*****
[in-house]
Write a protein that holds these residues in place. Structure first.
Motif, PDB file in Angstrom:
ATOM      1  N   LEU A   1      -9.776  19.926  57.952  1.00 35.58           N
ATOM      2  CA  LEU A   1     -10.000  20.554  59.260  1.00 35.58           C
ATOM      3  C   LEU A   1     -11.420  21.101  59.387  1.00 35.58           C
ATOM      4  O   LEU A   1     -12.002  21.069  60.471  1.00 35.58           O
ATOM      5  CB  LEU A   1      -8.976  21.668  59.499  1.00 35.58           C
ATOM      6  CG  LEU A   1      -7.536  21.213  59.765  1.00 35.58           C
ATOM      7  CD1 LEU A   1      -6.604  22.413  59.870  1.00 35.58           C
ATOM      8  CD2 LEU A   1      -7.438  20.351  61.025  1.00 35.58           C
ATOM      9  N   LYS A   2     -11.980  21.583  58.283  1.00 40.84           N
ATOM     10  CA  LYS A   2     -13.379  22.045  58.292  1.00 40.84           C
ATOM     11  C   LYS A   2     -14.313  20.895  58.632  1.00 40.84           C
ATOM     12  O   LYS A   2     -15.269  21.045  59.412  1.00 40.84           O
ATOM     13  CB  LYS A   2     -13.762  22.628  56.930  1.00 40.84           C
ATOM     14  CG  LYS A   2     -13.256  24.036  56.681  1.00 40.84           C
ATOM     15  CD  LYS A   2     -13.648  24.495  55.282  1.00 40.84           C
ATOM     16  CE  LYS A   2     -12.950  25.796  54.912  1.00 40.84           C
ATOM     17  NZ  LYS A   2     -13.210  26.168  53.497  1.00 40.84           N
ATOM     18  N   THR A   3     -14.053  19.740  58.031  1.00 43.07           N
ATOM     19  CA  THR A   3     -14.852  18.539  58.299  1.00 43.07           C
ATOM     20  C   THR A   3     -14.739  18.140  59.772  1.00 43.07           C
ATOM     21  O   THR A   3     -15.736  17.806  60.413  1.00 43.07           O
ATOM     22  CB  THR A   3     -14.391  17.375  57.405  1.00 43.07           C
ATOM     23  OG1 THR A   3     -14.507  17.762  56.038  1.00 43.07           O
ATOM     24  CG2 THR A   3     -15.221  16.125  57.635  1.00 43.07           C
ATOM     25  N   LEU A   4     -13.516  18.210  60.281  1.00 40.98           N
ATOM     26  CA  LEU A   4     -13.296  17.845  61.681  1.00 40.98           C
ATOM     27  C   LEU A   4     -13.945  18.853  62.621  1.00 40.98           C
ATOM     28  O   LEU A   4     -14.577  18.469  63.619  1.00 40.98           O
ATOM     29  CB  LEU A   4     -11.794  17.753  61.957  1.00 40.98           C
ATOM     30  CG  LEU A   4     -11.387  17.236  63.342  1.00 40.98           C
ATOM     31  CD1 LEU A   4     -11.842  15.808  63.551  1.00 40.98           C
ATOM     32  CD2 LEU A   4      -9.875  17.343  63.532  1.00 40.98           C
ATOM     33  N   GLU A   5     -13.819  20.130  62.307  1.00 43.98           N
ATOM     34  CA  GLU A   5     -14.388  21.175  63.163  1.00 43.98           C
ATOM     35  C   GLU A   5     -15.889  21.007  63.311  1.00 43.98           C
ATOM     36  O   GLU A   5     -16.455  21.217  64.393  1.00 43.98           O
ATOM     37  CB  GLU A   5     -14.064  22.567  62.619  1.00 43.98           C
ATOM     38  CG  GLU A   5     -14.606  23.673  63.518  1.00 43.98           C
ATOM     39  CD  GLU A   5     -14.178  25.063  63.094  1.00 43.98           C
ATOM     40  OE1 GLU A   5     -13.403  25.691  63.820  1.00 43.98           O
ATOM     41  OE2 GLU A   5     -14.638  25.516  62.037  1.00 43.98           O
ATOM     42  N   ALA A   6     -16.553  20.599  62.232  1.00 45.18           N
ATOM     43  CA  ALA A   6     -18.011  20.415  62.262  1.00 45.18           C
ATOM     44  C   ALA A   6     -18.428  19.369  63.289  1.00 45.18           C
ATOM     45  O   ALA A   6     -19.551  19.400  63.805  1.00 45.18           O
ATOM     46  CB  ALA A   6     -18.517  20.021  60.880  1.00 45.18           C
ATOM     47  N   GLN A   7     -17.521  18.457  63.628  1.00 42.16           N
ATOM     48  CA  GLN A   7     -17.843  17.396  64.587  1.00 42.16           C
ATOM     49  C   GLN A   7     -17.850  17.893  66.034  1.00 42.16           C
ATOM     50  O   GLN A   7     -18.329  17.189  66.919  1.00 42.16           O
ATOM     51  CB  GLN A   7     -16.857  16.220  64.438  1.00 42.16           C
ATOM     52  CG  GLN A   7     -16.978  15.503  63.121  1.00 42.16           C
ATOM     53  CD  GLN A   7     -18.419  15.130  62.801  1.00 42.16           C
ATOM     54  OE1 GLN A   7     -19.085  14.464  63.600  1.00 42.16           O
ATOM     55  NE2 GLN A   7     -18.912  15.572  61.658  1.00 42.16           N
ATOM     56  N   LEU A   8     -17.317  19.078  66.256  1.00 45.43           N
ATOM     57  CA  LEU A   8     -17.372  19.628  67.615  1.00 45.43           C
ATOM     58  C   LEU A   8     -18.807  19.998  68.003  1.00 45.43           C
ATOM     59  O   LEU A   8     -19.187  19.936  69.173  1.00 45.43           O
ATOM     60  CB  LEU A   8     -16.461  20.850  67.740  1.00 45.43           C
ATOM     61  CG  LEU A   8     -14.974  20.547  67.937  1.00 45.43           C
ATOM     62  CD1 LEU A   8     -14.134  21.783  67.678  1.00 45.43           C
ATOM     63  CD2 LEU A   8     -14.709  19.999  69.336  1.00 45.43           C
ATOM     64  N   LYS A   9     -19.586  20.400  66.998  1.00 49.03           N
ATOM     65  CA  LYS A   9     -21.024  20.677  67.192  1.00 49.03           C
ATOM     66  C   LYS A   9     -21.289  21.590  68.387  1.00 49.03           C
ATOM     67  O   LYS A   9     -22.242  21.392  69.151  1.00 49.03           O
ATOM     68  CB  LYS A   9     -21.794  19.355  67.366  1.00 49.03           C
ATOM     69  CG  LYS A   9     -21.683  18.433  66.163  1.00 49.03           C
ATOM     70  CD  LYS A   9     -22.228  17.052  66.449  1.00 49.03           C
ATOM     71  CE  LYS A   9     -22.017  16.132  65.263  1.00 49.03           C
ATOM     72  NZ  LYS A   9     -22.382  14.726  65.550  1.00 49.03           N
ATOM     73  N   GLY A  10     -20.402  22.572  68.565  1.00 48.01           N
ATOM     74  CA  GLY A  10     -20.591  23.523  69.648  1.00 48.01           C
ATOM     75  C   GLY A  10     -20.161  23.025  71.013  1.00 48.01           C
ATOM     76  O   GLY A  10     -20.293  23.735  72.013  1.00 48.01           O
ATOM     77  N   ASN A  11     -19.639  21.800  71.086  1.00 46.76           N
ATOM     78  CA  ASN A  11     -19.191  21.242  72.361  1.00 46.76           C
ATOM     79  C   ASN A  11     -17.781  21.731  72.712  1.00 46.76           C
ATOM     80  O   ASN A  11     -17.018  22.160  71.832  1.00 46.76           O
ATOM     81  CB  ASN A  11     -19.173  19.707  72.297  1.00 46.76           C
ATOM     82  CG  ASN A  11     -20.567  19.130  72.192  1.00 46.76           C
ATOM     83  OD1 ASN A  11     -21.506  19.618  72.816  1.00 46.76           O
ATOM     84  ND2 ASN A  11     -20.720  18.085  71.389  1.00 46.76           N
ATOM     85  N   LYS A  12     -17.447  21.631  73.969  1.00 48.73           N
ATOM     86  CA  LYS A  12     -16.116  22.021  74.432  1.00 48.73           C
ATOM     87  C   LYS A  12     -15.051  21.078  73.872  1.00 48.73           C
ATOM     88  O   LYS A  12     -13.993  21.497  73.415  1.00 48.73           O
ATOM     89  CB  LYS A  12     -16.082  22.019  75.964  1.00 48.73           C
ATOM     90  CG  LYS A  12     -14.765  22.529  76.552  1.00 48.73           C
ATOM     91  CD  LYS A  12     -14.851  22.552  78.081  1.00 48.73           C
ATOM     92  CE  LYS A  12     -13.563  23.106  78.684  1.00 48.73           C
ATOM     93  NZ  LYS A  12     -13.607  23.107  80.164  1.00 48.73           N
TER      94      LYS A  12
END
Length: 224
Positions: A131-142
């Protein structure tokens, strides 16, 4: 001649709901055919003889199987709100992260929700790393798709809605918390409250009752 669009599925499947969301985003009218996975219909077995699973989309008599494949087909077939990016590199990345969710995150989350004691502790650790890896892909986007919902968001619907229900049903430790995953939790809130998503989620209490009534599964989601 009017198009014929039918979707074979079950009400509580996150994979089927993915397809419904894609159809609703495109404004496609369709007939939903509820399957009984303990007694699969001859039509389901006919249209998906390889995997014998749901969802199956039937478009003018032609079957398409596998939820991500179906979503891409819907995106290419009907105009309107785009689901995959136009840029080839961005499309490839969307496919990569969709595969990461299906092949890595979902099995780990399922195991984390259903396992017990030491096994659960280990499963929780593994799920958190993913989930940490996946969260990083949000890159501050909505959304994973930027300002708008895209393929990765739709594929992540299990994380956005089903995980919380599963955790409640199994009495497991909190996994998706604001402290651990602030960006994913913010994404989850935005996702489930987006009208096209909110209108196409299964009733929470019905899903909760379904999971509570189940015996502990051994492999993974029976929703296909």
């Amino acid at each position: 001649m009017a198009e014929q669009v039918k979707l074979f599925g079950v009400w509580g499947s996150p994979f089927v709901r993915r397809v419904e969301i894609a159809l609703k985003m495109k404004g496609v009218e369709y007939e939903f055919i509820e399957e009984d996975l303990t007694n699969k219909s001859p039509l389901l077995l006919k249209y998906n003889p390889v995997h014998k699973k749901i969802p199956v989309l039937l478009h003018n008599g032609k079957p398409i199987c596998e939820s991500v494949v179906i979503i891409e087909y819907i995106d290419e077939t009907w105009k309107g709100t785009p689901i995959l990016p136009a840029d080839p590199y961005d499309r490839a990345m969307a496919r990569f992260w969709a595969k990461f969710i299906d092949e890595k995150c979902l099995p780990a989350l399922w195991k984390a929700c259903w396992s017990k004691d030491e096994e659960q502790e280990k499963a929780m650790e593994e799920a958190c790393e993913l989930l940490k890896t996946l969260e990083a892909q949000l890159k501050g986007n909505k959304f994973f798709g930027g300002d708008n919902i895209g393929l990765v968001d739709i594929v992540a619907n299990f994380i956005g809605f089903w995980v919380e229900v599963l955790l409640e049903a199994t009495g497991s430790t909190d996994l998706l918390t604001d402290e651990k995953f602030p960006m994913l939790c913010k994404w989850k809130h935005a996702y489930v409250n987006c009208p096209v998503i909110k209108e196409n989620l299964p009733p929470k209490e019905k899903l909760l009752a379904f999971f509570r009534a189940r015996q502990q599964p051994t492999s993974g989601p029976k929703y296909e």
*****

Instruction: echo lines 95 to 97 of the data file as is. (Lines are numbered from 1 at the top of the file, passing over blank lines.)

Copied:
ATOM     92  CE  LYS A  12     -13.563  23.106  78.684  1.00 48.73           C
ATOM     93  NZ  LYS A  12     -13.607  23.107  80.164  1.00 48.73           N
TER      94      LYS A  12